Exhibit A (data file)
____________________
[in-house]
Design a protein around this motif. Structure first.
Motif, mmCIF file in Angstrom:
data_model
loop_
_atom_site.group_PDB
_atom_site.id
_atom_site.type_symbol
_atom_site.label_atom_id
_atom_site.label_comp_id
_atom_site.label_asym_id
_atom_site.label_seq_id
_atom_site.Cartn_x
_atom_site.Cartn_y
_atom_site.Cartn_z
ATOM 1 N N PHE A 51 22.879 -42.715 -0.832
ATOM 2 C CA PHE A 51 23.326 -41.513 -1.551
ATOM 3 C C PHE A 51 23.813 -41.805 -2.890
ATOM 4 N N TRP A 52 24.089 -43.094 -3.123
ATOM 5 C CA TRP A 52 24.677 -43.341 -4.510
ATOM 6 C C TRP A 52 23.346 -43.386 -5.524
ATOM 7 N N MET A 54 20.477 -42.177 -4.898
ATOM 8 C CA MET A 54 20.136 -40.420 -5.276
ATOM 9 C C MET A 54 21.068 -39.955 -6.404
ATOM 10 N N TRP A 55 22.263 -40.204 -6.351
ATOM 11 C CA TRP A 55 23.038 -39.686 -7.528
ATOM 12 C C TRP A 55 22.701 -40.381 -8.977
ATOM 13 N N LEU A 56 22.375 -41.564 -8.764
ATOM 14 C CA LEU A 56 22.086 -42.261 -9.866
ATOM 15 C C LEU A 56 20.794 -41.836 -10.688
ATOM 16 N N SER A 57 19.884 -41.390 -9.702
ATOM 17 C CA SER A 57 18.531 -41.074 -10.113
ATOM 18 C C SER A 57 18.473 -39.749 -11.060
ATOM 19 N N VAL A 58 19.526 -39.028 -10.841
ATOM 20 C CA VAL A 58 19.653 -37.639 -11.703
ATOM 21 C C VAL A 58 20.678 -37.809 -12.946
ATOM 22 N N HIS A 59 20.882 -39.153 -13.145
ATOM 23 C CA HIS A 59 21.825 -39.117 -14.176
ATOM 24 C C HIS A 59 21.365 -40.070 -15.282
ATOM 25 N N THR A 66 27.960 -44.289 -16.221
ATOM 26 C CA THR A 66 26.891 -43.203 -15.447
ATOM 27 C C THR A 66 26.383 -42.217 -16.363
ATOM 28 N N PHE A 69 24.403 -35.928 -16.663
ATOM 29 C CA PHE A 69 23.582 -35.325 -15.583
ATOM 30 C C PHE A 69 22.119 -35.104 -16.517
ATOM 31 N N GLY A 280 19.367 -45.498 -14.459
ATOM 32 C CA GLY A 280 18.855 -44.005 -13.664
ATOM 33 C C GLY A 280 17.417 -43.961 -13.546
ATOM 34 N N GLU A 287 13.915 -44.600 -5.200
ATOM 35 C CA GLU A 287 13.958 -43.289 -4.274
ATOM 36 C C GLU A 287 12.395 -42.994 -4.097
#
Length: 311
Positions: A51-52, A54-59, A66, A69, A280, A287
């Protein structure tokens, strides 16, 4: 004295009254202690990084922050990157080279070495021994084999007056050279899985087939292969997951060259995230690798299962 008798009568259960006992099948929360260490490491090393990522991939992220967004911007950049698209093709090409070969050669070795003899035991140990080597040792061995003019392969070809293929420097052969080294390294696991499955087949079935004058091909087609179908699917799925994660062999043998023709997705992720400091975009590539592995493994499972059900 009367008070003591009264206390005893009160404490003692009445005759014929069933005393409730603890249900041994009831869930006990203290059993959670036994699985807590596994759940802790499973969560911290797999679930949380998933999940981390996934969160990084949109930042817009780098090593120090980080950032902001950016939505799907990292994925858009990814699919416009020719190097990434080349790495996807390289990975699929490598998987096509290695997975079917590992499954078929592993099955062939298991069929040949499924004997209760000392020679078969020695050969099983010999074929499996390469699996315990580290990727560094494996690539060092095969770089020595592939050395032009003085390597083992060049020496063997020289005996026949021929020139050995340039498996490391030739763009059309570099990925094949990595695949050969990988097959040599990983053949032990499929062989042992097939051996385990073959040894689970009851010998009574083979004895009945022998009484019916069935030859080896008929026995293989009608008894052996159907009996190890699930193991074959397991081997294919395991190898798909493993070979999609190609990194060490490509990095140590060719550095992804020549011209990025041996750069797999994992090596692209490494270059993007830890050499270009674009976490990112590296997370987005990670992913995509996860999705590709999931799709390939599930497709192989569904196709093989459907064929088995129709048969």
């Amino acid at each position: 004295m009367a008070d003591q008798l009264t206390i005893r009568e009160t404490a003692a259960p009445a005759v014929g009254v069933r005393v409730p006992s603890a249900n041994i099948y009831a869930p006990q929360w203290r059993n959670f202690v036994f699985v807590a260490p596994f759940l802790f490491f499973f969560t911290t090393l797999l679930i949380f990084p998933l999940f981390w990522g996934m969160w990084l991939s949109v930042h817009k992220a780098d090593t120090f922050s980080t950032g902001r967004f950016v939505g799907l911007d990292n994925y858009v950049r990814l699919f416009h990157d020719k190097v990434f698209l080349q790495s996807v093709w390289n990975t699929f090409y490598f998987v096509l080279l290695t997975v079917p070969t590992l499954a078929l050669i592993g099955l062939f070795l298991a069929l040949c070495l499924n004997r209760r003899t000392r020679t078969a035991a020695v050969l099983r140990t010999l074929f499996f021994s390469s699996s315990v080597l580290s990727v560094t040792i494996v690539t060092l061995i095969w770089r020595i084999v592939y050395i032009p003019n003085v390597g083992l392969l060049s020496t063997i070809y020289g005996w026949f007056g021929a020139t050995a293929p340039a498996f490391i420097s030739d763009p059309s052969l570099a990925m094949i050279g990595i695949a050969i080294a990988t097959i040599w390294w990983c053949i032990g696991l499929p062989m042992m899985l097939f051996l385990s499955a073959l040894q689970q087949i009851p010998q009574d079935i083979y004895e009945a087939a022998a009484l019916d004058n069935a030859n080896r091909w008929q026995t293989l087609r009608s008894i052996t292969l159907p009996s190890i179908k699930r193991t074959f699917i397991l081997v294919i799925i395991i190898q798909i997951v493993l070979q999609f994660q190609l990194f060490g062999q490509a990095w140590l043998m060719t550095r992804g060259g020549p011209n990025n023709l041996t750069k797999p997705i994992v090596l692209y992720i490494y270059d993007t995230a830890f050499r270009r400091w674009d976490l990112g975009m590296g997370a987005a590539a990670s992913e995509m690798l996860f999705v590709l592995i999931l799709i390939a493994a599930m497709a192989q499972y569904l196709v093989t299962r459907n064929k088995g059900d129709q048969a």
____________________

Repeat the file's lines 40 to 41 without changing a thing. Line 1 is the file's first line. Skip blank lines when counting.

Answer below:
ATOM 25 N N THR A 66 27.960 -44.289 -16.221
ATOM 26 C CA THR A 66 26.891 -43.203 -15.447